Once again, France got several years extra for getting rid of its excessive deficit. Once again, Greece was held up to its reform promises and given not a respite. The Commission is applying double standards on the eurozone members. This will lead to huge damage of Europe’s trust and credibility.
On February 25, the Brussels press corps got an alert from the Commission’s spokesperson’s service. Within an hour, Vice-President Dombrovskis would make an ‘urgent’ statement. Twitter exploded: was France (finally) going to be fined for violating the Eurozone’s Stability and Growth Pact (SGP), with its budget deficit of more than 4 per cent?
On the contrary. Dombrovskis, responsible for policies regarding economically ailing member states, announced that ‘France is given until 2017 to correct its excessive deficit.’ Also no ‘excessive deficit procedure’ was to be triggered for Belgium, Italy and Finland, though these countries have been violating the rules of the eurozone. Rules that have been made stricter after the euro crisis broke out in 2010.
Breaching the rules for a decade?
Now that the member states have accepted the Commission’s recommendations on France and other violators, the SGP seems quite dead. France has been breaching the rules since 2007 and had already missed two earlier deadlines, to fix its budget. Though described as ‘a complicated case’, France is treated gently because it is big.
How striking is the contrast with the member states that are on a lifeline of the EU. The Commission takes a much tougher stance on these countries, including Greece, Portugal, Spain and Cyprus. Because of the excessive deficit procedure, which the Commission calls The corrective arm, these member states have to listen quietly to the dictates from Brussels. Or else, the financial assistance may be ended. We saw the drama unfold with Greece only a few days before France was given yet another deadline. This week the head of the Eurozone group, Jeroen Dijsselbloem, told the Greeks bluntly “to stop wasting time.”
Of course countries that receive billions from other member states, cannot be let easily off the hook. But current eurozone policies can have some dire consequences. According to one influential Commissioner, the German Günther Oettinger, “the credibility of the Stability and Growth Pact it at stake” if France was going to get more time. He was joined in his criticism the former Commissioner Olli Rehn, known as the ‘budget czar’ who stated that the Commission should have had “the guts and sense” to draw a red line for France.
The risks involved
Applying double standards on member states looks like a strategy of flexibility, but it is accompanied with huge risks.
Why do we ask huge reform efforts from Portugal, Ireland and Spain and notably Greece, while the French government is given a free hand? France is big, rich and at the centre of the EU; Greece is small, poor and on the periphery. Refusing to pull the red card for France means the powerful have an advantage, and the concept of solidarity may well be a hollow one. We already saw the limits of this solidarity with the recent new demands from Greece: not Germany but the Baltic states, Spain and Slovakia were the first to push back ideas on raising minimum wages in Greece.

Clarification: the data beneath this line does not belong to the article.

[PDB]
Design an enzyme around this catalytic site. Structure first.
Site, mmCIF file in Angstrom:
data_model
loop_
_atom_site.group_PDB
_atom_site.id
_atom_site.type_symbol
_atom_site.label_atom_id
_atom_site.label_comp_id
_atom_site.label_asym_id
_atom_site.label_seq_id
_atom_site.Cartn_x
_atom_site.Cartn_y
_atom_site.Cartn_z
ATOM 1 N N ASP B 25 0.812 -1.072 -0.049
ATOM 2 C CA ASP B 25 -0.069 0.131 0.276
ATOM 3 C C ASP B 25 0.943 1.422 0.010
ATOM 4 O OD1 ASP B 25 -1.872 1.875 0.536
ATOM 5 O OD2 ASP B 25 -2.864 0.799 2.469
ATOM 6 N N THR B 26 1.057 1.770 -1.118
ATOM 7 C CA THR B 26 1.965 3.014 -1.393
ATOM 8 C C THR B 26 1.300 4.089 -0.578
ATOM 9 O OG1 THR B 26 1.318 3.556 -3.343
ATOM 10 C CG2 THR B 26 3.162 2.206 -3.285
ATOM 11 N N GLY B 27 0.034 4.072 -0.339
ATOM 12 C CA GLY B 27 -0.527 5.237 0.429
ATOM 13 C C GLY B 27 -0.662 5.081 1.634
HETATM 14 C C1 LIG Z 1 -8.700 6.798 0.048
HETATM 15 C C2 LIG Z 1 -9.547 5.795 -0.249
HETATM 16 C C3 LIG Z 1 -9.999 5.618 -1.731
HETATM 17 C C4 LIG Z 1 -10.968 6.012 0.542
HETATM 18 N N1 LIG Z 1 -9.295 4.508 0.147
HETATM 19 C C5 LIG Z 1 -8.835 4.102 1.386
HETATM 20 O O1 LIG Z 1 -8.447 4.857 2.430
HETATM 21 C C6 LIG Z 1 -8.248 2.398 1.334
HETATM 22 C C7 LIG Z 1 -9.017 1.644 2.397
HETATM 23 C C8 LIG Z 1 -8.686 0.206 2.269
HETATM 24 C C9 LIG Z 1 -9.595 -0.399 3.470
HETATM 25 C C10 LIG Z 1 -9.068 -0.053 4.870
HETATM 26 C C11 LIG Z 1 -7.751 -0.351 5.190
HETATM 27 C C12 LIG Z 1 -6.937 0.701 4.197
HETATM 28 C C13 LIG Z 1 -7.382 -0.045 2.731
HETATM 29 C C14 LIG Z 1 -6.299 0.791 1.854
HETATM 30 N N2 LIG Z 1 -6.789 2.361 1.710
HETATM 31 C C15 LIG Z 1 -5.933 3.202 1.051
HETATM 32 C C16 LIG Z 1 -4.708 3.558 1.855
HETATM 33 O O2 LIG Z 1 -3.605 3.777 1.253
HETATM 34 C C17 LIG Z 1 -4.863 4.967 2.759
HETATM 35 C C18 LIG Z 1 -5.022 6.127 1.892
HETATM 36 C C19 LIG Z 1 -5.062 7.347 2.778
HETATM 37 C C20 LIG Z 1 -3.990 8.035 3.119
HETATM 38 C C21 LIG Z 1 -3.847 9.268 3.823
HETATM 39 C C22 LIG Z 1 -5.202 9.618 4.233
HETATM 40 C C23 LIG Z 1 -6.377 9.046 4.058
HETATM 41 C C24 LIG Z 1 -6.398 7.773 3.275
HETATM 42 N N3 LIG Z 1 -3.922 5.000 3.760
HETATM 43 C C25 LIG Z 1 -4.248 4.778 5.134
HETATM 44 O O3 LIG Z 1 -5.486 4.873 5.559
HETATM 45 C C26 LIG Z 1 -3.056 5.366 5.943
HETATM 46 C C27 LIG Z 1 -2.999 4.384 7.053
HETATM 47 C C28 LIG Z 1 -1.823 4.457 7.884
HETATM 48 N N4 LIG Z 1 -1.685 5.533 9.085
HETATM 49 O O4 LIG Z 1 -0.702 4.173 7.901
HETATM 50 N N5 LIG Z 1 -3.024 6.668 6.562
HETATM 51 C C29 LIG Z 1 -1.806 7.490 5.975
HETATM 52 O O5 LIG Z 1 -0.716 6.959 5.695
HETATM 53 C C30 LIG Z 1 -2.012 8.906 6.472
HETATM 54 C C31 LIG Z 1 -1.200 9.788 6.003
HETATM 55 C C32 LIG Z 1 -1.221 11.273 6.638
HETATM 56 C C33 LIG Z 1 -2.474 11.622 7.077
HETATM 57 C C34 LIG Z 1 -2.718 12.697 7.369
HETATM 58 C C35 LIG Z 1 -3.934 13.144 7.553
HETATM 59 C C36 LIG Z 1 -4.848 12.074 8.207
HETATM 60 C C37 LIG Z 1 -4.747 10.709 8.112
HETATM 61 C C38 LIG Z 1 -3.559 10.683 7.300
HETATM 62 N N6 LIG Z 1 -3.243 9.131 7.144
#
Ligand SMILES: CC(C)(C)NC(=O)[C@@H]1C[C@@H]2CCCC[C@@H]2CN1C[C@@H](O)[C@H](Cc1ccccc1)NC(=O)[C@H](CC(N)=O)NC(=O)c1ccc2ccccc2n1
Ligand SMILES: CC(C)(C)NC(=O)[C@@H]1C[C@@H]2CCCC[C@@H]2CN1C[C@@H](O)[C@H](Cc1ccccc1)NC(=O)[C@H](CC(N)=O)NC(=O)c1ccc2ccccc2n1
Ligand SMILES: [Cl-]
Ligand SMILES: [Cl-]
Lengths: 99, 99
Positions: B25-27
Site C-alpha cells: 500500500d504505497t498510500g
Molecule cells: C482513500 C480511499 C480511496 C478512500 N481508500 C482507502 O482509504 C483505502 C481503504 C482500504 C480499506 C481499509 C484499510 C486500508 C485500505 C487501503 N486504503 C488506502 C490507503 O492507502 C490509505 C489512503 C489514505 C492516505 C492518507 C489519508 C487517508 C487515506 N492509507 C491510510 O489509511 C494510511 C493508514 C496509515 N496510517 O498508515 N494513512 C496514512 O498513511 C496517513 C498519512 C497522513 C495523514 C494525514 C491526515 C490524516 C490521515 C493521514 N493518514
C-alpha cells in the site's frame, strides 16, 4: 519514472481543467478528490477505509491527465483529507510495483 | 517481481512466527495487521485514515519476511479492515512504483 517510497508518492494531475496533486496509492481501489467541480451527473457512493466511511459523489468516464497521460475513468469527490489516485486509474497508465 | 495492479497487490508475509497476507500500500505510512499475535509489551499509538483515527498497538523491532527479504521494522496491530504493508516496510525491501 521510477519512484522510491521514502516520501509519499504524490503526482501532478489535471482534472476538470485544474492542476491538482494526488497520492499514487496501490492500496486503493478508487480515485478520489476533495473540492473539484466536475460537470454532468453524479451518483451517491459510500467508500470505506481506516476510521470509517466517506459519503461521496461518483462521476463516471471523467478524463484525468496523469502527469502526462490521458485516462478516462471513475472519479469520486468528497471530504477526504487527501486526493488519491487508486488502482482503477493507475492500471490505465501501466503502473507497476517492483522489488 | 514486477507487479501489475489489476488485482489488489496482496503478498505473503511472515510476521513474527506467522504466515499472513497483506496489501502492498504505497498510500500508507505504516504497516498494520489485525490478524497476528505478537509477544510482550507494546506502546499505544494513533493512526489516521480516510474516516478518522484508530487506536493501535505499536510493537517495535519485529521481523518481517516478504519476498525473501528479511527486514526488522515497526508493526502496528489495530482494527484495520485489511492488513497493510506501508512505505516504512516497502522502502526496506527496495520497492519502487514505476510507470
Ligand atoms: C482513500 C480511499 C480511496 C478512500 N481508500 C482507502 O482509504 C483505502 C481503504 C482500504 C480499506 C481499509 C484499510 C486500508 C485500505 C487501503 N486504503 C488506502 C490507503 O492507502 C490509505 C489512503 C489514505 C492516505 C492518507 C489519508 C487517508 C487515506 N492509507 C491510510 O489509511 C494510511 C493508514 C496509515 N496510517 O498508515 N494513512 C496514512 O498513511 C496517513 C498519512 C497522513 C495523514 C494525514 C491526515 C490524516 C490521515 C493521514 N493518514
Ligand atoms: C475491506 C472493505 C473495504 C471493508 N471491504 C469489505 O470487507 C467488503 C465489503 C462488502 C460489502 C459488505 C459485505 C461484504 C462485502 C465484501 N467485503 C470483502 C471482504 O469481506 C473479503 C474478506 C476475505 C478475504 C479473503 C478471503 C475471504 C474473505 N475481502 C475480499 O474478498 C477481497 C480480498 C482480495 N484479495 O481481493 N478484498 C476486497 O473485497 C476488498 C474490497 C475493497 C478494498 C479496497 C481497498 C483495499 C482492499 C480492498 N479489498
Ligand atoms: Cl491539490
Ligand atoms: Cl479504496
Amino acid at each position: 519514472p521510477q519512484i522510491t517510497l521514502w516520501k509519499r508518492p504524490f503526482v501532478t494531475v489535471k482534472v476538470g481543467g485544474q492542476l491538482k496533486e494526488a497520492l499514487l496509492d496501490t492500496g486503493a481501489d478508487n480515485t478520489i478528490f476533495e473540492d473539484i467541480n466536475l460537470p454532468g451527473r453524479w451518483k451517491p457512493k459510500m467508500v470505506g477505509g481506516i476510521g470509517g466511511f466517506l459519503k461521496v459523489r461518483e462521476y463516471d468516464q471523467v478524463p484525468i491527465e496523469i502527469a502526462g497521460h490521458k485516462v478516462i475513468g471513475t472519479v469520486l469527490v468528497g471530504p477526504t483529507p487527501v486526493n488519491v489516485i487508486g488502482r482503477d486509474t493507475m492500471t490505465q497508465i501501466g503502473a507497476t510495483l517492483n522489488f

How will the market and investors react to these unequal treatments? They may well conclude that the eurozone governance is more or less an exercise on paper and shouldn’t be taken too seriously. And such an analysis may lead to less investments in the eurozone.
Several richer member states have gone through some serious reform efforts in the past few years, for instance the Netherlands who were told by the Comission in 2013 to increase their budget cuts with 6 billion euros. Right now they will be less inclined to put faith in the Commission’s words. Even the Belgians, who have a much higher state debt than the Dutch, are not close to being fined by the Commission. The current and past Dutch government pushed through some tough austerity measures – and now they realise that following up the orders from Brusssels wasn’t necessary at all.
Several respected EU researchers have started to conclude that the Stability Growth Pact is “dead and buried” with the latest move of the Commission. If sanctioning never takes place, how much value should we attach to the governance of the eurozone? Especially because the Juncker team has chosen to be a more ‘political’ Commission rather than just taking up the independent position that is the foundation of its power and legitimacy. What we now see, is Commissioners negotiating intensely with member states breaching the rules, instead of just sending them to the corner of the room.
Growth is slowly, slowly coming back. The extremely high levels of unemployment are diminishing month by month. But a full recovery of Europe’s economy is still far away. Bending the rules will not help this recovery: instead it will only further erode the already fragile solidarity between the member states, damage the reputation of the European Union and scare away investors. Therefore it is regrettable that the Council has accepted the soft stance to France and other breachers of Europe’s own rules. Equal treatment means we European are birds of a feather, not a bunch of separate flocks.
Joop Hazenberg is an independent EU Watcher in Brussels.